Fighting against Deadpool could cost the state of Utah more than half a million dollars.

A motion filed Monday by the lawyers for Brewvies Cinema Pub — which recently won a judge’s ruling overturning a state law after an attempt to fine the Salt Lake City bar and movie theater for showing the R-rated “Deadpool” while serving booze — totals the attorneys’ fees and court costs it’s asking the state to pay back. The figure: $534,431.05.

In a 21-page motion, with 159 pages of supporting documents, Brewvies’ attorneys detail how they arrived at that figure. Most of the sum consists of fees for lead attorney Rocky Anderson and four other attorneys, a law clerk and two paralegals. There also are line items for expert witnesses, travel, raising money for the legal fund, and other expenses.

A spokesman for the Utah attorney general’s office had no comment Monday evening on the motion for Brewvies to recover legal costs and no information on when or whether the state would appeal the initial ruling.

On Aug. 31, U.S. District Judge David Nuffer ruled that a section of Utah law, which covers alcohol being served in the vicinity of depictions of nudity or sexuality, hampered free speech and was unconstitutional. Anderson, in his arguments before Nuffer, cited examples — ranging from Michelangelo’s David to a televised sports event where an athlete swats a teammate on the rump — that could be considered “grave” violations of state liquor law.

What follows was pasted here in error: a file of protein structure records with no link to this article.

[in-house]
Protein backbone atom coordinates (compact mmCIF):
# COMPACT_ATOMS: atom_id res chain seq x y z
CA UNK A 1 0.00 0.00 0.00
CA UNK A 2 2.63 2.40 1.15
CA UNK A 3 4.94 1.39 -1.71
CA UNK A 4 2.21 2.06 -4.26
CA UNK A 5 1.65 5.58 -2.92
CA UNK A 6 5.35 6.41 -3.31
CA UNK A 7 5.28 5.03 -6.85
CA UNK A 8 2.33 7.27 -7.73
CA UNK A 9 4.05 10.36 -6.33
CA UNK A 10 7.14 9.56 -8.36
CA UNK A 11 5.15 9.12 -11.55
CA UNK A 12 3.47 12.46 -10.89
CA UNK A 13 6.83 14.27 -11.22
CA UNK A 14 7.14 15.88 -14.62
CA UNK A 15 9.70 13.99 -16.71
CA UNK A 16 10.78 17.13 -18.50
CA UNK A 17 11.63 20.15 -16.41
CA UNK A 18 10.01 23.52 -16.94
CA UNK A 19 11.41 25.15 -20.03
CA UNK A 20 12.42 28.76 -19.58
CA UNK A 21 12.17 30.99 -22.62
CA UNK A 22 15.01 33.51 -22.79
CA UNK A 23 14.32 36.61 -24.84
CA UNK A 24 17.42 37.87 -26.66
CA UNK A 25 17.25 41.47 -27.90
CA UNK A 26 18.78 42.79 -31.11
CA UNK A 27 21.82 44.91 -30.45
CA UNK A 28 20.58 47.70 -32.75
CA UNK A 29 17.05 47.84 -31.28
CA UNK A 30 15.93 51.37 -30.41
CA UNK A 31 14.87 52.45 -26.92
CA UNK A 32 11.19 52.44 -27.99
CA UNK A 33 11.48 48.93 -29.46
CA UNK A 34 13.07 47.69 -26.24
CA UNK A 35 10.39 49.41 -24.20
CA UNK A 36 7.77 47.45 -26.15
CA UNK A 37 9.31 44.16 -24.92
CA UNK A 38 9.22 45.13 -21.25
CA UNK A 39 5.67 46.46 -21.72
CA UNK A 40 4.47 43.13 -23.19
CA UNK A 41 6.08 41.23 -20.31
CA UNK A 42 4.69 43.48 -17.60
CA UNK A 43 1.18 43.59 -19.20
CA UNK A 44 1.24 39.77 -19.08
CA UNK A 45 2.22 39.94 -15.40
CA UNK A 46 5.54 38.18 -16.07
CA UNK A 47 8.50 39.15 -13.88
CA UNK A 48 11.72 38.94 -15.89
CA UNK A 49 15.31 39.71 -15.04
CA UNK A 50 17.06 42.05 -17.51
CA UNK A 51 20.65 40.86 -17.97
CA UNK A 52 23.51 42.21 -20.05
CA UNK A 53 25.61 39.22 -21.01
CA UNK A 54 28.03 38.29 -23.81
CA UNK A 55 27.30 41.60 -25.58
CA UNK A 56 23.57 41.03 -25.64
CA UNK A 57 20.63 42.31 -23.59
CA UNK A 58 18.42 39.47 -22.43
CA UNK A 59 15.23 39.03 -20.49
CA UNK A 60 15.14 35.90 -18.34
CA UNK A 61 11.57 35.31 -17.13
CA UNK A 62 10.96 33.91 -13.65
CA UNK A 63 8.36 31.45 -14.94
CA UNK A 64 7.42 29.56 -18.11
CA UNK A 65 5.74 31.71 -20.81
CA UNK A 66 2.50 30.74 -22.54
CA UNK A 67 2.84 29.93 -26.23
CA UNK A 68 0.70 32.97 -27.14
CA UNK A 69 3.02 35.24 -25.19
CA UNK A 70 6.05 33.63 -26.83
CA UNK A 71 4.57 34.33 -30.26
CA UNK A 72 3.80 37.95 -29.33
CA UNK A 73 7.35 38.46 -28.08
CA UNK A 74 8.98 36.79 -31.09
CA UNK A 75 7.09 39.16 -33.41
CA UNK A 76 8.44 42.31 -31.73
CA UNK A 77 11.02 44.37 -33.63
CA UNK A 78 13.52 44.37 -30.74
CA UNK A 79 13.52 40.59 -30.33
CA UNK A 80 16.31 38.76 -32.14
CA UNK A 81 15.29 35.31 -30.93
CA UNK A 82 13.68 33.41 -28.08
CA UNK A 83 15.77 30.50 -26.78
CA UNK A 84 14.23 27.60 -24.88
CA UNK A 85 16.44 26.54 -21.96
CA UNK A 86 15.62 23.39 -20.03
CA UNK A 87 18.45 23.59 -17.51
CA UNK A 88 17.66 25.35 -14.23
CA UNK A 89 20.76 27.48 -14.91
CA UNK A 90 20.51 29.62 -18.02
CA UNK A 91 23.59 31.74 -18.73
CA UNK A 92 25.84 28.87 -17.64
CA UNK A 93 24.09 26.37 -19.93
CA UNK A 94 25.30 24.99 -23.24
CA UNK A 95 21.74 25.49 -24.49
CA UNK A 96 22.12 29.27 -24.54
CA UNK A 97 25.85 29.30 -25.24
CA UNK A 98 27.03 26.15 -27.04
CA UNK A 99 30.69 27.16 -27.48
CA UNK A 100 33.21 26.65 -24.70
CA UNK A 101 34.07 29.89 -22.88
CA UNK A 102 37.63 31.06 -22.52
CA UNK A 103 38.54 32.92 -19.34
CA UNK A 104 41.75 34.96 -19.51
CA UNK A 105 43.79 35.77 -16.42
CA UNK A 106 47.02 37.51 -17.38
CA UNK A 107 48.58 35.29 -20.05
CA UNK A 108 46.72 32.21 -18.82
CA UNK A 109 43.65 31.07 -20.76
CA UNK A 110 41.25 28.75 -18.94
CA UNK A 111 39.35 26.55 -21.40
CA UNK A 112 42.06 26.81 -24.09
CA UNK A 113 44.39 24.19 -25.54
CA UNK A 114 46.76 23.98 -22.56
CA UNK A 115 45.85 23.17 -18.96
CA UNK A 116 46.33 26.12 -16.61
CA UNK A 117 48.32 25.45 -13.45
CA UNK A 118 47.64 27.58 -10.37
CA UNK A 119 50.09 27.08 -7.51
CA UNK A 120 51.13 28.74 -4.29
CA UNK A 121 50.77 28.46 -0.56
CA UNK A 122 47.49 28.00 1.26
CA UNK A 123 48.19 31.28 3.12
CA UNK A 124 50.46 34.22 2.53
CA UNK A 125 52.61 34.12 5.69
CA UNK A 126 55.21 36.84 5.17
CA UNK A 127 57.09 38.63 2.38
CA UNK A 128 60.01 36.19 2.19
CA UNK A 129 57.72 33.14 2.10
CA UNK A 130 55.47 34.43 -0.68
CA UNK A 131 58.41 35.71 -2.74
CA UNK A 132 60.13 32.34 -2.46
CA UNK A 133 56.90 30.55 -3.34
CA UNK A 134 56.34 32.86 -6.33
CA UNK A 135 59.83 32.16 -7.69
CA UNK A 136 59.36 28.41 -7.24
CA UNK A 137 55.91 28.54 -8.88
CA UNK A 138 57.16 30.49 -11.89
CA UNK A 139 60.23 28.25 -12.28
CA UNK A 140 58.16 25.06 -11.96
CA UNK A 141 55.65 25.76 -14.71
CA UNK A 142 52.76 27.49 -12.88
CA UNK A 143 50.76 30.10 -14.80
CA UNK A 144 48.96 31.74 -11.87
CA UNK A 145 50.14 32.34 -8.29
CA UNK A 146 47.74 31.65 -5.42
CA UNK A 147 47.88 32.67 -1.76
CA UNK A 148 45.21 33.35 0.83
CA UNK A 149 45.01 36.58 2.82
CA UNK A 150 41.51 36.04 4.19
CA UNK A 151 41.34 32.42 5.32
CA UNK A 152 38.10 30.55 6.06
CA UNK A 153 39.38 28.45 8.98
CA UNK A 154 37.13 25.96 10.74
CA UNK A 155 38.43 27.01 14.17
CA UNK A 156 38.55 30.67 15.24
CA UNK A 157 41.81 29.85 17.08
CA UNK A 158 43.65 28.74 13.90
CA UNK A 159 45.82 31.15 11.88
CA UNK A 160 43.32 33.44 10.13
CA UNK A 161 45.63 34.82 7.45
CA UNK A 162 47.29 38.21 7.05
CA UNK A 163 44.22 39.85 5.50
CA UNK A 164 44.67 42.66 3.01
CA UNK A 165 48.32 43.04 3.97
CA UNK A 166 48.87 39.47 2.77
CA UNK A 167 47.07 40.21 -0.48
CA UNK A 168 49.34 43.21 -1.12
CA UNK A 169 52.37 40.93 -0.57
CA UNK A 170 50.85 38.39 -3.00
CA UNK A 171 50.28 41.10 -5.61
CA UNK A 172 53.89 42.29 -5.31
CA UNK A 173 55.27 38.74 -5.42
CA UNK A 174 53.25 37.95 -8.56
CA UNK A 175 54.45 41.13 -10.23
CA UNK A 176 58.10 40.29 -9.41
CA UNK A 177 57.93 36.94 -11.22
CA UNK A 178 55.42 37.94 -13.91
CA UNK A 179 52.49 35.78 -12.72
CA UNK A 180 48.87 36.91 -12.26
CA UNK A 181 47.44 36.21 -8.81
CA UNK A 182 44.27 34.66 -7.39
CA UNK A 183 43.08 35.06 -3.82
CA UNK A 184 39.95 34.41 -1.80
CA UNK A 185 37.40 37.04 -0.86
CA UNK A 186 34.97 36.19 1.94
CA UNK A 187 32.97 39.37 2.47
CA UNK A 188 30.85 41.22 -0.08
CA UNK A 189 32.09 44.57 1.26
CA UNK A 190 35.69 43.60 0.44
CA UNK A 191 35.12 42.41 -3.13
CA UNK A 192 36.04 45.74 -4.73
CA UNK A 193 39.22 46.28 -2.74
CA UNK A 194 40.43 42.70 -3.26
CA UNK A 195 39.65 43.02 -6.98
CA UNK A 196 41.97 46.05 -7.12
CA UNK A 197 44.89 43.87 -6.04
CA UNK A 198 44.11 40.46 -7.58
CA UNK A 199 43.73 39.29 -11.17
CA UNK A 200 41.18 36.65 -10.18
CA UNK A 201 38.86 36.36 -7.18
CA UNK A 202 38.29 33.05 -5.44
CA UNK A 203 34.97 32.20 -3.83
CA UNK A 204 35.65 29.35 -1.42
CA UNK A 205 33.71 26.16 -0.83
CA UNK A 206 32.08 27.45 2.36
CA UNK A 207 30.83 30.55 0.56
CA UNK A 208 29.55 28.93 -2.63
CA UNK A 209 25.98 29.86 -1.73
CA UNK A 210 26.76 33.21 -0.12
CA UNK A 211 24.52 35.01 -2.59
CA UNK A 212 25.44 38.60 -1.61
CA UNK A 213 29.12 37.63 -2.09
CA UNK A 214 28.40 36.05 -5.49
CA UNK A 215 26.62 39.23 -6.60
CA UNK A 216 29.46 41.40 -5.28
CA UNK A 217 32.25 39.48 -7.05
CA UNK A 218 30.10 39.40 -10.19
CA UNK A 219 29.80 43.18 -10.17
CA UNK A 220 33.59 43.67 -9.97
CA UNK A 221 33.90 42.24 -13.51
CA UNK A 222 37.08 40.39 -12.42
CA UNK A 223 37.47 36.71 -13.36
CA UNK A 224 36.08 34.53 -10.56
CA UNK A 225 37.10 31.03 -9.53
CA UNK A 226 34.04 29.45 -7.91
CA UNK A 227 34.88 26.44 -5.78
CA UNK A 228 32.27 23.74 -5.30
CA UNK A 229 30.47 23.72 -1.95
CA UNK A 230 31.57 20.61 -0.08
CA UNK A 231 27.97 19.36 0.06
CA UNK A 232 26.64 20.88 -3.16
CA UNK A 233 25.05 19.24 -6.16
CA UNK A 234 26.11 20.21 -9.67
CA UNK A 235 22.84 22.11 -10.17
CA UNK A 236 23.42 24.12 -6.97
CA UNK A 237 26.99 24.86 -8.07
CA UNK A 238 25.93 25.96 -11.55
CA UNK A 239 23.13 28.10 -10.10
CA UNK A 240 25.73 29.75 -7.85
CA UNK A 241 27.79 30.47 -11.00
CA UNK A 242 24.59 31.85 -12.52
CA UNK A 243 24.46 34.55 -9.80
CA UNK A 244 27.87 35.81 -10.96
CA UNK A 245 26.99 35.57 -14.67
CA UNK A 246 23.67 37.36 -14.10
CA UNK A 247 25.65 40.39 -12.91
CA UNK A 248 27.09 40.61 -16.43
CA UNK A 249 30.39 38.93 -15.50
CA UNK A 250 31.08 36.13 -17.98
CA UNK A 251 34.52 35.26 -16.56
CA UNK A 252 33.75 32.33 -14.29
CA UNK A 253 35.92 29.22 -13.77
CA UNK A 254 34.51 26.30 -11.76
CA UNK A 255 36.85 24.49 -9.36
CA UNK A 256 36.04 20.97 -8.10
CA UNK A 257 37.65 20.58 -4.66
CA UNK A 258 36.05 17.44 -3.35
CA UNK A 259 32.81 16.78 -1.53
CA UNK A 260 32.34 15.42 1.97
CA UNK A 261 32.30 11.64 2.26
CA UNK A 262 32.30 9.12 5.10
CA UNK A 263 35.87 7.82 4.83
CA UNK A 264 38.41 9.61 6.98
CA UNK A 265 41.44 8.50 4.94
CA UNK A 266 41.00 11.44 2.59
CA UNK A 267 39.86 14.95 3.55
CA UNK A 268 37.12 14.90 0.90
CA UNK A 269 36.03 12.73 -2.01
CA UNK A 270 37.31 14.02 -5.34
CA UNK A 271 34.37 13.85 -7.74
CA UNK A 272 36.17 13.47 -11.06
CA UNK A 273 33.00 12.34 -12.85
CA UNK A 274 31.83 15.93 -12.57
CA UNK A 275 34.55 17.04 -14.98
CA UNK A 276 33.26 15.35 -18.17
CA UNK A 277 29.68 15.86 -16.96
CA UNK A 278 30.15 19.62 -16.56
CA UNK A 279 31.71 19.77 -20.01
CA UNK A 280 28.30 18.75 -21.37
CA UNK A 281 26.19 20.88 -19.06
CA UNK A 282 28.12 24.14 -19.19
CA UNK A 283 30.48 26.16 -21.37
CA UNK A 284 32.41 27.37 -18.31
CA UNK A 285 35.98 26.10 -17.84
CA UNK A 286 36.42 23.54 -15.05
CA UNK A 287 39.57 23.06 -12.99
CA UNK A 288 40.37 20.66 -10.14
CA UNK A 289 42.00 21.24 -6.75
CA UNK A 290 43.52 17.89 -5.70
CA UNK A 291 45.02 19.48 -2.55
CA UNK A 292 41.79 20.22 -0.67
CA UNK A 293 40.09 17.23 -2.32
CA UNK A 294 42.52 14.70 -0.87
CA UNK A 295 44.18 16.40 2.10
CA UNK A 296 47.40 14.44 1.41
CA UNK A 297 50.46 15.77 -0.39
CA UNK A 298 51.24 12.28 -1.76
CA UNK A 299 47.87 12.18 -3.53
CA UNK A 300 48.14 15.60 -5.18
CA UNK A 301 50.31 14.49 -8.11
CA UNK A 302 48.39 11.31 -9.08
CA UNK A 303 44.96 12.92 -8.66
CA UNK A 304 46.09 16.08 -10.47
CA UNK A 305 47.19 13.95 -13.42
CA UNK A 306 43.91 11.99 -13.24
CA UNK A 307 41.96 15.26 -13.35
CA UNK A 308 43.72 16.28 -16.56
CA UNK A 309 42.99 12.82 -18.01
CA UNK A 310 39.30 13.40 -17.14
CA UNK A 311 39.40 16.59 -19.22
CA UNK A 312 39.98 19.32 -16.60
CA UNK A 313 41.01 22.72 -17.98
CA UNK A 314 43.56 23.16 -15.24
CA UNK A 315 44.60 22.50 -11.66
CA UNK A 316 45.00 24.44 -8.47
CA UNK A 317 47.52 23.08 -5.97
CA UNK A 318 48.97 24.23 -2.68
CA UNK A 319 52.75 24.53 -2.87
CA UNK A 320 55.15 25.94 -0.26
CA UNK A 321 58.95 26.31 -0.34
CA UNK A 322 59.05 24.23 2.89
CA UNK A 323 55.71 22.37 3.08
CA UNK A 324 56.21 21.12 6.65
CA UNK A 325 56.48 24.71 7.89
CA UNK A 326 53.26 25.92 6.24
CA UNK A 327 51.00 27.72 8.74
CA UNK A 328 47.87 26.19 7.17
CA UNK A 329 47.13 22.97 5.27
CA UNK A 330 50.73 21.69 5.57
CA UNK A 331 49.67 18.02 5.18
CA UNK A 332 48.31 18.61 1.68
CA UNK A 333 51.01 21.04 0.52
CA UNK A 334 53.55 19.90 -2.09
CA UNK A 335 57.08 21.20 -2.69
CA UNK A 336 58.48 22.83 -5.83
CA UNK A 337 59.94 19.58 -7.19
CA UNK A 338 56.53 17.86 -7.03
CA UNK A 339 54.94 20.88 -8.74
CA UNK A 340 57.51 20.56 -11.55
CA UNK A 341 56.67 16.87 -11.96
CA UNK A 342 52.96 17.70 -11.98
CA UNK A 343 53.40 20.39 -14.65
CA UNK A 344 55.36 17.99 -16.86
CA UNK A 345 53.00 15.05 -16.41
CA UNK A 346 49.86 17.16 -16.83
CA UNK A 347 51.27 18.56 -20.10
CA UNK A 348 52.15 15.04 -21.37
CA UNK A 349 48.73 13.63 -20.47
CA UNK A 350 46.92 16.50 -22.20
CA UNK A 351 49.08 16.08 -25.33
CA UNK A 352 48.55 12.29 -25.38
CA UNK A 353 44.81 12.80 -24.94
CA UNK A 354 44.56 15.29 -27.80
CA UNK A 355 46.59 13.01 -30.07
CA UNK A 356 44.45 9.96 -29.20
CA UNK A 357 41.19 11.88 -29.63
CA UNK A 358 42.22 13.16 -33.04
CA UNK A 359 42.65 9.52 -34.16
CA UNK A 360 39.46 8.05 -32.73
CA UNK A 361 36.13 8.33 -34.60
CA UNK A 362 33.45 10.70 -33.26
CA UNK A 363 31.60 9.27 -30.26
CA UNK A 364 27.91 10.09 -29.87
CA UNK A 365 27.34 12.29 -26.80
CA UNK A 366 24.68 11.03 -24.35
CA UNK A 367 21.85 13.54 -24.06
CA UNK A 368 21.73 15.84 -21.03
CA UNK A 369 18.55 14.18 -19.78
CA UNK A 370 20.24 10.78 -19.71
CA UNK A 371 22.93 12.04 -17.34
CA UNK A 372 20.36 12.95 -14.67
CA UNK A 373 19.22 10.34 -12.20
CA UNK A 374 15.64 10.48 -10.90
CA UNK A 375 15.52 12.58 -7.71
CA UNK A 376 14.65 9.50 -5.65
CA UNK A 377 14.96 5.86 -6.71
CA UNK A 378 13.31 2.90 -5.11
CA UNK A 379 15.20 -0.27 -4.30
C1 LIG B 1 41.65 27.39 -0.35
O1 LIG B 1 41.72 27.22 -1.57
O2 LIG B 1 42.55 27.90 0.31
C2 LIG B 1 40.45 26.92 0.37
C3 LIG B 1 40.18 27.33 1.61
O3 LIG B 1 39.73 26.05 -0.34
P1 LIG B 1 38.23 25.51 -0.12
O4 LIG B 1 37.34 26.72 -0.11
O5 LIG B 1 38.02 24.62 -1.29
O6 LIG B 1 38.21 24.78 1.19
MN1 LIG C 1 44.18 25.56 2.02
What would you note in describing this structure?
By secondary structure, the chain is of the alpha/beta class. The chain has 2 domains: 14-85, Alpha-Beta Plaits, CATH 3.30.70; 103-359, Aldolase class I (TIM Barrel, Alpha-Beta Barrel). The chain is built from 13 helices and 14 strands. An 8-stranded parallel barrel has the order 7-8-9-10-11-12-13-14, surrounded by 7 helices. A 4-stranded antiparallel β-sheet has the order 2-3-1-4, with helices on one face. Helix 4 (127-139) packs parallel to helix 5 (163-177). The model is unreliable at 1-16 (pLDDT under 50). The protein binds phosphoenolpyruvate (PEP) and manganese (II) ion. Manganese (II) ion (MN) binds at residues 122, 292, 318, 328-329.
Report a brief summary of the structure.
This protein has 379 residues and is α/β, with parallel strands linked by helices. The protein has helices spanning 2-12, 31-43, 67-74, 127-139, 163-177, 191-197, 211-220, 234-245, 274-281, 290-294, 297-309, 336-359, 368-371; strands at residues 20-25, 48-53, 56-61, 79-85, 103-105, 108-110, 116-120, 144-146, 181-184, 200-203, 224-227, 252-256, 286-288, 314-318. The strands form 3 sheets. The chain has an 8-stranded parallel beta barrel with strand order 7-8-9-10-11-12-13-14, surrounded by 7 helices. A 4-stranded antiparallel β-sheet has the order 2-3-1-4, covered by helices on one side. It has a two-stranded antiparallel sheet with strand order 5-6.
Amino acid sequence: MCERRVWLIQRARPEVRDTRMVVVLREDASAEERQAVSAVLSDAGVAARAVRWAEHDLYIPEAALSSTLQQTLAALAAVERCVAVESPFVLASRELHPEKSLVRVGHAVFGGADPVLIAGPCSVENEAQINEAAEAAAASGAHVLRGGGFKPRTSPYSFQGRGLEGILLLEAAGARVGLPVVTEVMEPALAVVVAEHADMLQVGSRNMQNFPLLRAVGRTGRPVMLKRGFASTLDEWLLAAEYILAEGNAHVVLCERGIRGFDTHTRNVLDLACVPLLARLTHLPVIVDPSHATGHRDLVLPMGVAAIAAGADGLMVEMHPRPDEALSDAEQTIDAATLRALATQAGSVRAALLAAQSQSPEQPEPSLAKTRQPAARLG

This image released by Twentieth Century Fox shows Ryan Reyonlds in a scene from the film, "Deadpool." (Joe Lederer/Twentieth Century Fox Film Corp. via AP)

In 2016, officers for the state’s Bureau of Investigation, at the behest of the Utah Department of Alcoholic Beverage Control (DABC), cited Brewvies for serving alcohol during screenings of the raunchy superhero movie “Deadpool.” The movie, starring Ryan Reynolds as Marvel Comics’ “merc with a mouth,” was rated R for violence and sexuality, including animation of the title character suggestively stroking a unicorn’s horn.

Because it was not the first time Brewvies had run afoul of DABC enforcement of state law — the theater had been cited in 2011 for showing “The Hangover, Part II,” which includes human nudity — the theater faced a fine of $25,000.

Brewvies fought the citation in court, arguing that the business’s right to screen the movie was protected by the First Amendment. The case garnered national attention, with Reynolds pledging $5,000 to a crowd-funding campaign for the theater’s legal defense fund.

After Nuffer’s ruling, Brewvies celebrated by throwing free screenings of “Deadpool.”

Correction: An earlier version of this story mischaracterized the animation in the movie's final credits.